A bipartisan group of 35 state attorneys general are calling on the Federal Communications Commission to allow telephone carriers the ability to block more robocalls from ever making it to the phones of consumers.
The AGs want the FCC to increase the powers afforded to carriers to block robocalls, especially those that employ a tactic known as “neighbor spoofing,” where the caller ID on an incoming call has the same area code and exchange as the recipient, to make it appear as though the call is local.
Among the states that filed comments with the FCC were Arizona, Arkansas, Connecticut, Delaware, District of Columbia, Florida, Illinois, Indiana, Iowa, Kansas, Louisiana, Maryland, Massachusetts, Minnesota, Mississippi, Montana, Nebraska, Nevada, New Hampshire, New Jersey, New Mexico, New York, North Carolina, North Dakota, Oklahoma, Oregon, Pennsylvania, Rhode Island, Tennessee, Utah, Vermont, Virginia, Washington, Wisconsin, and the Hawaii Office of Consumer Protection.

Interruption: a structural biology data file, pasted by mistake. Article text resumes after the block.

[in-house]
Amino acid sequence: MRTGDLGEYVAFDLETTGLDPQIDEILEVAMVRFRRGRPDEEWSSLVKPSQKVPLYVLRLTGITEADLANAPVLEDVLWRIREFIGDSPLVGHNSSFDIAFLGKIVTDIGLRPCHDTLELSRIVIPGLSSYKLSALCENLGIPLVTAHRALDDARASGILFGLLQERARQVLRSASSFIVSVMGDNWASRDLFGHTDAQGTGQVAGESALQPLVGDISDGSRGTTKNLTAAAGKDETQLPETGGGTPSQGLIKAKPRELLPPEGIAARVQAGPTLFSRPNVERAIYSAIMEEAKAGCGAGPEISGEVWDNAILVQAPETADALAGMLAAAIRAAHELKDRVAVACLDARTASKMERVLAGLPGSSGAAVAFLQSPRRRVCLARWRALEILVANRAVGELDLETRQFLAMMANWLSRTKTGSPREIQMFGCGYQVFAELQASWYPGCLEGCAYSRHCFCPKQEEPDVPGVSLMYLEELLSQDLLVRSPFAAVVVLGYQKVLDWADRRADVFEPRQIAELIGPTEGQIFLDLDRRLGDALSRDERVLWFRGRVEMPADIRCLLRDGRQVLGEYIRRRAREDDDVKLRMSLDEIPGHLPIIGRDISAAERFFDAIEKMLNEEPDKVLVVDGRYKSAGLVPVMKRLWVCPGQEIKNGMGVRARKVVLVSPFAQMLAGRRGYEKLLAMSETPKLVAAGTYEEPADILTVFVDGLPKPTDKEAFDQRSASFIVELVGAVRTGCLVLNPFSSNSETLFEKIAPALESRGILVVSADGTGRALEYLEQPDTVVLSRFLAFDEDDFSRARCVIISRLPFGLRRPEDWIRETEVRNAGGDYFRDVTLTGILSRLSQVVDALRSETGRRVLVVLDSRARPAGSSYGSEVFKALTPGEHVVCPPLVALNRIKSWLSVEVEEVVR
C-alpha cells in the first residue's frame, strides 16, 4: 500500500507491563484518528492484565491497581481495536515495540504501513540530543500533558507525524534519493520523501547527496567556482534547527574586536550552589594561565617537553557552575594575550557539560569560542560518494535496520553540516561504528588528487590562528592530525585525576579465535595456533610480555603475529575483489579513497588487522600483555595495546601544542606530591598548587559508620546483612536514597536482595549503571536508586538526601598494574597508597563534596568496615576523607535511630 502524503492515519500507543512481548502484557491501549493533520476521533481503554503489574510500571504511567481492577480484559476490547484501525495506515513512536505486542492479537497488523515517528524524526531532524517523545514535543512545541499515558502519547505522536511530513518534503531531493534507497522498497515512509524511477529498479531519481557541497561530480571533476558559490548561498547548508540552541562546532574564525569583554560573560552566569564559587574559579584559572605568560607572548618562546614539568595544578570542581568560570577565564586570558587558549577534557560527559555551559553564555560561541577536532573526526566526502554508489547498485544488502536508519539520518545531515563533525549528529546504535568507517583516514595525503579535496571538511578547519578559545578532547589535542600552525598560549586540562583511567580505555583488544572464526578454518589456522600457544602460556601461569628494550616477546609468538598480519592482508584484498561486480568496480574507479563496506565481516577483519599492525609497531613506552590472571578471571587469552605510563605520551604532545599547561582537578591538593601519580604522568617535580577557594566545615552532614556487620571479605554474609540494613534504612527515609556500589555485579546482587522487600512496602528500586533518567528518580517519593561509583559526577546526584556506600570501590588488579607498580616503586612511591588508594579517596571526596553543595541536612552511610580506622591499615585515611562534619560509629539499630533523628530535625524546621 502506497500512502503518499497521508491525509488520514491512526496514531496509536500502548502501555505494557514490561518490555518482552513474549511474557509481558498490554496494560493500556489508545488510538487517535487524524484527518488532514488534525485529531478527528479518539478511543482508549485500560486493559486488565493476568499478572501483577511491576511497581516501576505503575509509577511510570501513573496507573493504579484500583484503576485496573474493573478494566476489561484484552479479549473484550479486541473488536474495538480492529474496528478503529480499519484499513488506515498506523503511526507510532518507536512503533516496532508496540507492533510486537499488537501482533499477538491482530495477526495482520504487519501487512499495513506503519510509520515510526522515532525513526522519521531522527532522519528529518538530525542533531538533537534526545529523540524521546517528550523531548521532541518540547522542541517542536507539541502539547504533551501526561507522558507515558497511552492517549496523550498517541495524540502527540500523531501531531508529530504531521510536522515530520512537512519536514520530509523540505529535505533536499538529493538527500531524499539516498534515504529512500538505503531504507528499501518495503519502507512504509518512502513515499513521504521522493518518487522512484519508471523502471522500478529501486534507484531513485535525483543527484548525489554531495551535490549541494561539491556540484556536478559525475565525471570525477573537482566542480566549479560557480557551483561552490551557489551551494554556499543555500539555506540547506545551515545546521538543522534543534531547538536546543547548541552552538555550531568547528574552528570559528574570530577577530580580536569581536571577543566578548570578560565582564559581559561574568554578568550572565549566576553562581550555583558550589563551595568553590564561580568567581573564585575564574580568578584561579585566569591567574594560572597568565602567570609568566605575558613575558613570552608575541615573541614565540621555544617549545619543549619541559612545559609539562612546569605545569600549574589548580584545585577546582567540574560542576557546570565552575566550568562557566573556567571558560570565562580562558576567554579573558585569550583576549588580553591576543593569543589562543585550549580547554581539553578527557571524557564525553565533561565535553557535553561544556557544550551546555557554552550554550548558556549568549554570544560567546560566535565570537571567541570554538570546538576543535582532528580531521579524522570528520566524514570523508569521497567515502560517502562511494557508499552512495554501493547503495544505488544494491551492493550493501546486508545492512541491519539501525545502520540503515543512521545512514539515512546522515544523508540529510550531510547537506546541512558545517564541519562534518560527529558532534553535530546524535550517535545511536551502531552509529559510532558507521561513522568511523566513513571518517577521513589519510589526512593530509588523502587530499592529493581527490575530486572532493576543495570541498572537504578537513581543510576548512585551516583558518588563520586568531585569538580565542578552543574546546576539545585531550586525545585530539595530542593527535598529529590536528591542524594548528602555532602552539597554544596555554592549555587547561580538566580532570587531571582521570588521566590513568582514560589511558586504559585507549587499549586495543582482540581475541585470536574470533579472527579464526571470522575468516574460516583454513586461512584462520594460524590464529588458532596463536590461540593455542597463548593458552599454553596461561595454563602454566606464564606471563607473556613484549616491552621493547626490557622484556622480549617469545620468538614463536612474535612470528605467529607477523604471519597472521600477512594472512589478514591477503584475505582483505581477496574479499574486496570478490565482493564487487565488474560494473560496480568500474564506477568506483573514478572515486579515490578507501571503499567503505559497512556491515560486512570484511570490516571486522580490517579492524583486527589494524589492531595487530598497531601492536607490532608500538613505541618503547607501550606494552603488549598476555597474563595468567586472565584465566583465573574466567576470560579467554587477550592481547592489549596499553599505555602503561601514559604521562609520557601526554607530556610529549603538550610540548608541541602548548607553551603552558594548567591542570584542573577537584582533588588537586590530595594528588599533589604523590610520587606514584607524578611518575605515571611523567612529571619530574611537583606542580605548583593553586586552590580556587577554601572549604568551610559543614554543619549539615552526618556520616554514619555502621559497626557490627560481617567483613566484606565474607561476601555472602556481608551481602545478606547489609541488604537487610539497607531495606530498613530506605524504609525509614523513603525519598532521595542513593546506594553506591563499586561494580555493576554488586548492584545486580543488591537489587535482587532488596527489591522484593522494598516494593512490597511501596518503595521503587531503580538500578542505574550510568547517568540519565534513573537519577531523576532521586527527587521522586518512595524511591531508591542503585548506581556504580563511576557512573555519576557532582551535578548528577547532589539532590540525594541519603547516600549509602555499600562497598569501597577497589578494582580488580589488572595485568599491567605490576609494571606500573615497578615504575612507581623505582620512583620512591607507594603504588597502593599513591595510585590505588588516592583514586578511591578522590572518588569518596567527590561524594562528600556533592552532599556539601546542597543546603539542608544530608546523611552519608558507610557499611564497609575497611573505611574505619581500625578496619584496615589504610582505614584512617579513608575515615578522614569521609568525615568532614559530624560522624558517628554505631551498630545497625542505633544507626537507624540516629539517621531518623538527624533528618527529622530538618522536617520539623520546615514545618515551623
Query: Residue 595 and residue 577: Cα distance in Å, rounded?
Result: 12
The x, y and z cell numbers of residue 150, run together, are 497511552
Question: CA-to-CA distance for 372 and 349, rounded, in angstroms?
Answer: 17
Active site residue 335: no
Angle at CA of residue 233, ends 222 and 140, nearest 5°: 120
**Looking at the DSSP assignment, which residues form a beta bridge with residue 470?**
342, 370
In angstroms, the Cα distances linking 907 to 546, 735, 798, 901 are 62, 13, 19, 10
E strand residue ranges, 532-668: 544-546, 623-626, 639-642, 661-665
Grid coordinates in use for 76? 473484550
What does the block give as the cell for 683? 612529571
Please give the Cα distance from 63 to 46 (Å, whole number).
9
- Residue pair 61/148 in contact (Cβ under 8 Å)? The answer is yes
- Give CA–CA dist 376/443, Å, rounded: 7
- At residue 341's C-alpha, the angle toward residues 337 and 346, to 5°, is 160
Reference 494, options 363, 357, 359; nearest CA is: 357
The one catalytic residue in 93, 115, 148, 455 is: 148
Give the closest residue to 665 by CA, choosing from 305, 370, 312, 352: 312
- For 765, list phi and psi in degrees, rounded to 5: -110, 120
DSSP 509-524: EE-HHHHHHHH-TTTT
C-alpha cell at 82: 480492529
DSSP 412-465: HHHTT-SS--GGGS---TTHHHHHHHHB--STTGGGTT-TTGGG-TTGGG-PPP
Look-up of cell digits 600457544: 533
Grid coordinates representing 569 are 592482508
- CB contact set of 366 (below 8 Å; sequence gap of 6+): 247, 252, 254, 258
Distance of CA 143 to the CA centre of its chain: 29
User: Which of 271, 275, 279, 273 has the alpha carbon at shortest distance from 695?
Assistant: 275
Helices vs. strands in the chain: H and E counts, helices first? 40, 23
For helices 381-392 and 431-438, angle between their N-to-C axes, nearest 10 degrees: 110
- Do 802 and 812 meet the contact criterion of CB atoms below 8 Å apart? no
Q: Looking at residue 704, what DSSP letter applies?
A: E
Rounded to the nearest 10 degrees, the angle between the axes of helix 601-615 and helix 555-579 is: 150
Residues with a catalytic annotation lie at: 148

“Unwanted robocalls aren’t just a nuisance – they’re a means for scammers to take advantage of unsuspecting New Yorkers,” said Barbara Underwood, the Attorney General of New York. “New Yorkers have been bombarded with these illegal robocall scams – including the all-too-common spoofed calls that appear to come from a neighbor – and it’s time for federal action.”
The AGs want the FCC to allow carriers to block more calls than they already are, which could be a problem for the collection industry because, they admit, there are too many robocallers to try and track down and it is too easy for a robocaller to set up shop. Collection agencies have reported that their calls are being outright blocked by carriers or are being labeled as “scam” or “spam” by carriers, making it less likely for consumers to answer the calls. In a recent survey conducted by ACA International, 78% of respondents reported they have had their calls blocked and 74% have said they have had their calls mislabeled as spam.